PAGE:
The only countrywide rule that applies to all entities is that they can’t act as their own registered agents. This is different from one of the owners doing it since they are acting as an individual separate from the entity. But that’s what prevents any company from being its own agent—by law, the agent must be legally separate from the entity it’s responsible for.
It’s possible to appoint almost anyone as a registered agent as long as they meet other state requirements. Some of the popular options include:
- Entity’s owner;
- Family member or friend;
- Member of staff, one of the managers, a business partner, etc;
- An attorney;
- An accountant;
- A company that provides business solutions.
While acting as your own agent or appointing a friend might seem like the cheapest and easiest solution, most experienced entrepreneurs choose to work with business attorneys or professional formations services. After all, running a company is a highly time-consuming job, and registered agents must be readily available at all times, which isn’t the luxury many owners can afford.
What is Required to Become a Registered Agent?
Disregarding a few outliers, most states are rather general in their approach to qualifying registered agents. It’s possible to be appointed as an agent if the candidate fits the following basic criteria:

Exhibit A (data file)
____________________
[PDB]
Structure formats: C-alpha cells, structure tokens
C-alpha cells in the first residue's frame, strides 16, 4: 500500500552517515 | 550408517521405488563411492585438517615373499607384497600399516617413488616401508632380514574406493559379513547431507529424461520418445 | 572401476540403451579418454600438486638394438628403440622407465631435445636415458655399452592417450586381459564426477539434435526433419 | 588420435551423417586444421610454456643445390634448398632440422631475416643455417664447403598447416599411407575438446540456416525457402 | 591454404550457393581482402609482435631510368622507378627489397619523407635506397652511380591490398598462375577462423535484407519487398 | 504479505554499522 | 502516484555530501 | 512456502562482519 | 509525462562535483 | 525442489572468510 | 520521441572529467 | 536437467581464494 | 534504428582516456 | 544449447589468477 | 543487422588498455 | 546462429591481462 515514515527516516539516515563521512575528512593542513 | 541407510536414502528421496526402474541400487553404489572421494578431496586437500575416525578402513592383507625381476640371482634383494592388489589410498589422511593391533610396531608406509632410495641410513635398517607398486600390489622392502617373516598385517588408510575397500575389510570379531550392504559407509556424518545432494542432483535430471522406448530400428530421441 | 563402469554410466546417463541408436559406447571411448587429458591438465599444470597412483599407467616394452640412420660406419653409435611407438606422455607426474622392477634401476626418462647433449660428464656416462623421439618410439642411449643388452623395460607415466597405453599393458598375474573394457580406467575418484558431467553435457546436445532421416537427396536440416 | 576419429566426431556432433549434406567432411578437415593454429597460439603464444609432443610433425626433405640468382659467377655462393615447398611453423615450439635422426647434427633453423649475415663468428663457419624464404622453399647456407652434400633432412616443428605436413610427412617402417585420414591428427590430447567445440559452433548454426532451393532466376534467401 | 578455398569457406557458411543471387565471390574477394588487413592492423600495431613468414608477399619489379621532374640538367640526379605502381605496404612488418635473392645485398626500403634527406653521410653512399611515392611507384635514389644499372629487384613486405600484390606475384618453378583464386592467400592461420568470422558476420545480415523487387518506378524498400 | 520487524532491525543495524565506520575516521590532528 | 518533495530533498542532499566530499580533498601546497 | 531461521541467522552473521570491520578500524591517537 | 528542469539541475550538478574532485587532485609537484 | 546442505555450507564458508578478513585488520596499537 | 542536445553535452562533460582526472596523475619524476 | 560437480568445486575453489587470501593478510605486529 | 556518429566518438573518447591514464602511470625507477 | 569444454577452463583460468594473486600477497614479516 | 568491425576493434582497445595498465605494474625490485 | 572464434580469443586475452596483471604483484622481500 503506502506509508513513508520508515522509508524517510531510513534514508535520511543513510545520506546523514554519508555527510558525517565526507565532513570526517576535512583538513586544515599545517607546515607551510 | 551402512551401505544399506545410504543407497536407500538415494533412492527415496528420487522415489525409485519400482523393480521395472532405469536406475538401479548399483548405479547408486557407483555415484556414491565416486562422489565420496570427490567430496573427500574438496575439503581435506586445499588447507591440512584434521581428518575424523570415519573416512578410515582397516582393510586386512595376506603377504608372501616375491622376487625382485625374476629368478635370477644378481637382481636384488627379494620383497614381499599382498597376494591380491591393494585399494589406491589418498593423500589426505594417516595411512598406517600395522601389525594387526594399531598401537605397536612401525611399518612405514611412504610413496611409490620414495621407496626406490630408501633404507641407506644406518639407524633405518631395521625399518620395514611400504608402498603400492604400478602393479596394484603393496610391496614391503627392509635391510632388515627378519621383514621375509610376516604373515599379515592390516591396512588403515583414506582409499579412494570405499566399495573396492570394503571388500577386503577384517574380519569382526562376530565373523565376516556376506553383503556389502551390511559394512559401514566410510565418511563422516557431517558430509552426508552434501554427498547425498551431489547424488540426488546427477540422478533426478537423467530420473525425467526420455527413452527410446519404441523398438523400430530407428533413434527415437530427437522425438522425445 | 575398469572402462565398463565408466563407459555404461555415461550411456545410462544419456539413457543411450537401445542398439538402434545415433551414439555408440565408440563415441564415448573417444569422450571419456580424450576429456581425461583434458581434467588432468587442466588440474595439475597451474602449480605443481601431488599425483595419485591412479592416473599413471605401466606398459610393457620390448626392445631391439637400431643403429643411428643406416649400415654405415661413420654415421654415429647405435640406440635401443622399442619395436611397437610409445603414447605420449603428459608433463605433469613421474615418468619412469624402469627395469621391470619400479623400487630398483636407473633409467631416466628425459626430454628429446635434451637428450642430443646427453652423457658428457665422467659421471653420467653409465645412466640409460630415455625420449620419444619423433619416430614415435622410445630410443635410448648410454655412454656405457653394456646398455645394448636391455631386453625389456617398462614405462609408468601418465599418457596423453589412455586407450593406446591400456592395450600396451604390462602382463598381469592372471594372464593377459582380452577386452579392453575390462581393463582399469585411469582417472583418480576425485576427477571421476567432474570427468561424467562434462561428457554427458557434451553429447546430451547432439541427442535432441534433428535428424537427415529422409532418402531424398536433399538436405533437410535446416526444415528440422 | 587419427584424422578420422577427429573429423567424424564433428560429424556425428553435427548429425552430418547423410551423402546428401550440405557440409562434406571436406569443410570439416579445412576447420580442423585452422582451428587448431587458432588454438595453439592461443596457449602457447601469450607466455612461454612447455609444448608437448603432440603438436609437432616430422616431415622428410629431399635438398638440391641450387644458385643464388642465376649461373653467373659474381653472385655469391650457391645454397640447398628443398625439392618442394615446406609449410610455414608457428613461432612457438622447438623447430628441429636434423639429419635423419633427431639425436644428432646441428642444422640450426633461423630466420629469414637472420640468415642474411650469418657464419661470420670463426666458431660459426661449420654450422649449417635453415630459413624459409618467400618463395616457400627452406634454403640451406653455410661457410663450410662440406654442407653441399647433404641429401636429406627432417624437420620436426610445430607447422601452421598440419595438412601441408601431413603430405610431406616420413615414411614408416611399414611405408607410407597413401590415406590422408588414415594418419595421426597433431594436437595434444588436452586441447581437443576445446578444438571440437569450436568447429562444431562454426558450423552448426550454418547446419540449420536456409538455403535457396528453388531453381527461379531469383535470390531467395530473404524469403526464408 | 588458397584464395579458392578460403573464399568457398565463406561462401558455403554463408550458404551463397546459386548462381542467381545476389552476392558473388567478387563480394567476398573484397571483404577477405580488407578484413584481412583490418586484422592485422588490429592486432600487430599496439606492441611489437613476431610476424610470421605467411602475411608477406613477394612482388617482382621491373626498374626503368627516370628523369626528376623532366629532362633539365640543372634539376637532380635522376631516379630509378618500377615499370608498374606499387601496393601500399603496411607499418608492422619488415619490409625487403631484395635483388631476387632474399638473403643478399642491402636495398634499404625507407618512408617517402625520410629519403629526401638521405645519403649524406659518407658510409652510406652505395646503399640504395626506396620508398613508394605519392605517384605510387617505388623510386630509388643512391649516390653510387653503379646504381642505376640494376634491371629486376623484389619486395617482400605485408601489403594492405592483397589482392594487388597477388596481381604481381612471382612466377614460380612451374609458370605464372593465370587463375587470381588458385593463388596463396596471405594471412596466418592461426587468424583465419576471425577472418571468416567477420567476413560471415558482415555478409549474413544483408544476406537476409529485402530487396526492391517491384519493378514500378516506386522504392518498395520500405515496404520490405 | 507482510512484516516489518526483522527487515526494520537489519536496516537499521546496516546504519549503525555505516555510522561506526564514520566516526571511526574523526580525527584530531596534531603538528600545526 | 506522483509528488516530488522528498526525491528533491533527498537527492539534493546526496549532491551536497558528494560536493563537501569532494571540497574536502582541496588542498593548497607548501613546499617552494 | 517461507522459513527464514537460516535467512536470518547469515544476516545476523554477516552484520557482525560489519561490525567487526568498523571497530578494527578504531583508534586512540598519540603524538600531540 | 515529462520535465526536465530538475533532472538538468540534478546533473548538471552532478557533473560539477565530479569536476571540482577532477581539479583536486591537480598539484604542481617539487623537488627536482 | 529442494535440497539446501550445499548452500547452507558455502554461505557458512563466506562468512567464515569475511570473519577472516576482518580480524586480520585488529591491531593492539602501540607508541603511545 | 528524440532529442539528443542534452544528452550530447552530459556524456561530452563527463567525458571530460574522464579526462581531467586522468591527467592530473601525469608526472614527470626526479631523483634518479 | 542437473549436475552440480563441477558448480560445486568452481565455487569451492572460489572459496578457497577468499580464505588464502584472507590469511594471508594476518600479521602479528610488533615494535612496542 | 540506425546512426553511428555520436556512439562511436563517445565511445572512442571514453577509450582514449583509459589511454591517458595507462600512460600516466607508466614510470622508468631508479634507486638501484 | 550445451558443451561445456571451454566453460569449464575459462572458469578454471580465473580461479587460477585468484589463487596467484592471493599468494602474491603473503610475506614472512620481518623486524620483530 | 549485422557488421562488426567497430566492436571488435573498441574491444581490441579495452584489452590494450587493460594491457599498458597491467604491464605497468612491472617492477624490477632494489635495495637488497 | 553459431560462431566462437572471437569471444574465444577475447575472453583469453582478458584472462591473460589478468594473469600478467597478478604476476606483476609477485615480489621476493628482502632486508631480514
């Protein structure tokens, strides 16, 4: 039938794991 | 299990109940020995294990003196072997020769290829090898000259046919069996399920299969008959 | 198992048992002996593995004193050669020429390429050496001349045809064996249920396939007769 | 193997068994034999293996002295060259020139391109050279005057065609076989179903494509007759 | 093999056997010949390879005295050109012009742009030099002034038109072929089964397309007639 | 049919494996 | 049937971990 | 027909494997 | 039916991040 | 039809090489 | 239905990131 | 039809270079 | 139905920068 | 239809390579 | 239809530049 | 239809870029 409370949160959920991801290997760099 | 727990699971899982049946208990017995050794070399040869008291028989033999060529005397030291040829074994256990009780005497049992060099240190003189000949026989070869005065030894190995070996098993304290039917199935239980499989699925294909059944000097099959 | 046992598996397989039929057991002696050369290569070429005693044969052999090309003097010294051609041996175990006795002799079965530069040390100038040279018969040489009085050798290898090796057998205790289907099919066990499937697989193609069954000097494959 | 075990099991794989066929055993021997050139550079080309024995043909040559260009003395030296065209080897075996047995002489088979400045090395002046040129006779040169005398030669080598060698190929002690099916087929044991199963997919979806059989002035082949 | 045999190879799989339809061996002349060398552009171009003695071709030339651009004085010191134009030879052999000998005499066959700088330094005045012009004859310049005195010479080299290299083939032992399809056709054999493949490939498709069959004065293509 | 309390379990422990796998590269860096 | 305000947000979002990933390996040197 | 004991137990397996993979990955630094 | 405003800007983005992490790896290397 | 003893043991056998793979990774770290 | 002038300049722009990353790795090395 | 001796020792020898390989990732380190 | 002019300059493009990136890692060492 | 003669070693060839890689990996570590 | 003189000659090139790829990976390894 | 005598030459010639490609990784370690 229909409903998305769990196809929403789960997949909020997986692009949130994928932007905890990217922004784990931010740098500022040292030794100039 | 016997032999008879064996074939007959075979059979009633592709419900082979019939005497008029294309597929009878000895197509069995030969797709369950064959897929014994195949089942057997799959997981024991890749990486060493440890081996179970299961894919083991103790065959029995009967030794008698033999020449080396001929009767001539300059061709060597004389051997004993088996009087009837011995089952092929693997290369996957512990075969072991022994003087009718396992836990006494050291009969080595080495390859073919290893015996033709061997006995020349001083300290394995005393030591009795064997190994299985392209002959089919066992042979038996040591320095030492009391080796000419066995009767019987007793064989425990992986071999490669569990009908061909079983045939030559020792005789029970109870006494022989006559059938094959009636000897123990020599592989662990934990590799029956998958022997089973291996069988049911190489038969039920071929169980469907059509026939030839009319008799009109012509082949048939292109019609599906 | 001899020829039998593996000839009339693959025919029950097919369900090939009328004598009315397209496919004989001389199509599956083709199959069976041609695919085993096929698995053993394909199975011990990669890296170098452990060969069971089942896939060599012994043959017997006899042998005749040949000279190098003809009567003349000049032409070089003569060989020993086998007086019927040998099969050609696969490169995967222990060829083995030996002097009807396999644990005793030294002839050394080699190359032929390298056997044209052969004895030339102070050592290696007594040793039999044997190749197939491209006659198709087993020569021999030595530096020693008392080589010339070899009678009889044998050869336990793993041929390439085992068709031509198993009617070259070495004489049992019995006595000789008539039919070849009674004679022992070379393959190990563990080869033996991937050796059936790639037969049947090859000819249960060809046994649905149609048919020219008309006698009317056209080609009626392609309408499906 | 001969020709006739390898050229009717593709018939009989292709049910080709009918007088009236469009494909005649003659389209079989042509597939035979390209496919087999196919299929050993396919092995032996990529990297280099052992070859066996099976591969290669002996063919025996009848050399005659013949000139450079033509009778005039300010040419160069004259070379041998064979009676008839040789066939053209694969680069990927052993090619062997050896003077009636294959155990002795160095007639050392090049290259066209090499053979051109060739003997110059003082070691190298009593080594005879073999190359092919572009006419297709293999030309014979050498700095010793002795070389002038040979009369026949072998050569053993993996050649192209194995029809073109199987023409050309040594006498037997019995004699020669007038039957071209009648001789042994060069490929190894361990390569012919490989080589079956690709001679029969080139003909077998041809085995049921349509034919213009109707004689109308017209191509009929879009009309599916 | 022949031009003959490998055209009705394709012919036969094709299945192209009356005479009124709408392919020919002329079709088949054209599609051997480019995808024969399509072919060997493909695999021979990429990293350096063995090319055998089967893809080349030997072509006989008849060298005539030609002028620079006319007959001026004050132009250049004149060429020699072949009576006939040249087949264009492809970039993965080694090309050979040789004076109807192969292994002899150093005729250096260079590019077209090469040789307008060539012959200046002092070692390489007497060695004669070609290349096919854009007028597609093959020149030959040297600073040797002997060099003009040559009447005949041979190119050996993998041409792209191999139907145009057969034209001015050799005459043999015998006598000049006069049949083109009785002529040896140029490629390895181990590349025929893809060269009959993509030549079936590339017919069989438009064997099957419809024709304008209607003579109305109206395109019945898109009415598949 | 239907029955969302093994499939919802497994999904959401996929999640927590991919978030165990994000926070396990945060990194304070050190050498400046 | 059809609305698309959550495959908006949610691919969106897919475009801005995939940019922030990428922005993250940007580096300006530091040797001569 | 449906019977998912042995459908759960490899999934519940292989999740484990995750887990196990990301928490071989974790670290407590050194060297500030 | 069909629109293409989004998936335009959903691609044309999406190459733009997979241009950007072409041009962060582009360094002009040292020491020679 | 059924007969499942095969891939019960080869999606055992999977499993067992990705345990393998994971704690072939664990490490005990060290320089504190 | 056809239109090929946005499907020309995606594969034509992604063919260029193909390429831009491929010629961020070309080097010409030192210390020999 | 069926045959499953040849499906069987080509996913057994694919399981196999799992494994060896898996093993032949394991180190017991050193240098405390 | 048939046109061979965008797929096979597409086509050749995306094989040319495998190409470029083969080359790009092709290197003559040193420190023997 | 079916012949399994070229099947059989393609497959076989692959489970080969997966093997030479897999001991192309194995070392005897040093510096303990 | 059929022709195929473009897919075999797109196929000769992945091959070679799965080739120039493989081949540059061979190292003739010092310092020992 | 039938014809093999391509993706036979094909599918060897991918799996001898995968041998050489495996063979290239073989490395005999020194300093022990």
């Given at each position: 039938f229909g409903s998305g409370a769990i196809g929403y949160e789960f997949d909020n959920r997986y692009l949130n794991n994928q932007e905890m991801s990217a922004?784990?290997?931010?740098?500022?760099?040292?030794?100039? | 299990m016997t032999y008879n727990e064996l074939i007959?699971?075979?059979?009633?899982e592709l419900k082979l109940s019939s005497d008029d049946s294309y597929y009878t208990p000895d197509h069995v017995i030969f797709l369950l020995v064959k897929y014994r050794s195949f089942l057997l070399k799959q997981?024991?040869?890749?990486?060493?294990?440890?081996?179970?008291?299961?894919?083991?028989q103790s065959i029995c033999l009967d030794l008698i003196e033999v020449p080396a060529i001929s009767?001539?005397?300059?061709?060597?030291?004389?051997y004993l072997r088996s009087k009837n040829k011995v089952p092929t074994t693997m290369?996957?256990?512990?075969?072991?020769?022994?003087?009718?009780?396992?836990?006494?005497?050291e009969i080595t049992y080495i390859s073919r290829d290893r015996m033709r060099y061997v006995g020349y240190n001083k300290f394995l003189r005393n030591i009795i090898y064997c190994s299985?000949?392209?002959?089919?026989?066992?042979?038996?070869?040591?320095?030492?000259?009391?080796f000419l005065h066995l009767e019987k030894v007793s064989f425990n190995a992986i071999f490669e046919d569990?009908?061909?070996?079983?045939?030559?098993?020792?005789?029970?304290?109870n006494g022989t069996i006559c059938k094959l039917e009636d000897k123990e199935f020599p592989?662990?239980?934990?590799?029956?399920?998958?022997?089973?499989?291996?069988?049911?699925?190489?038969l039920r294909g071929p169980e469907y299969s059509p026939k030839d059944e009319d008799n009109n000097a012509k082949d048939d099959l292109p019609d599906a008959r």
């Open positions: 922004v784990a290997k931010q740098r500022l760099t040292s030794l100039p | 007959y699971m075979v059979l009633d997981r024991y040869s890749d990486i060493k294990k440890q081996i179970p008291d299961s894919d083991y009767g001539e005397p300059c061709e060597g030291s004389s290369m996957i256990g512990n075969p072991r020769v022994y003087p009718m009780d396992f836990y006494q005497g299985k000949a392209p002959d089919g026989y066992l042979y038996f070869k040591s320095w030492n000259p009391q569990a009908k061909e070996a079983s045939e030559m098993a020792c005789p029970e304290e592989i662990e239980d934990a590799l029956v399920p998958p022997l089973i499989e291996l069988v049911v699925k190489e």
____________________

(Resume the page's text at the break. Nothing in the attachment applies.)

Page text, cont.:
- Individuals that want to become registered agents must be of age, so at least over 18 years old;
- Legal entities—both domestic and foreign—that wish to perform these duties must be authorized to operate in the state of registration;
- They must have a valid street address in the state (P.O. boxes do not qualify), which will act as their registered office;
- They should be present at their registered business address throughout working hours to receive correspondence.
Although the rules may seem a bit lax, keep in mind it’s more of a generalized set of guidelines that shouldn’t be used as the only source of information for choosing an agent. Certain states have specific rules for appointing registered agents, and skipping over them is likely to result in the rejection of your application.
In some jurisdictions, you are first required to obtain written consent from your future agent which must be submitted along with your formation documents. Consent or acceptance forms simply let the authorities know that the individual has agreed to act as your company’s agent.
There may also be a few additional administrative requirements. For example, in California, corporations that wish to be appointed as registered agents are required to submit Form 1505 or the Registered Corporate Agent for Service of Process Certificate. Some states also put limitations on which types of formal structures are allowed to be agents—for instance, you may not be able to appoint an LLC as your agent if the local laws forbid it.
If you want to start operating in other states, the existing agent won’t be eligible. When you register your company as a foreign entity, it must get its own agent with a local state address. Naturally, doing business in multiple states may be expensive due to annual service charges that include your registered agent fees.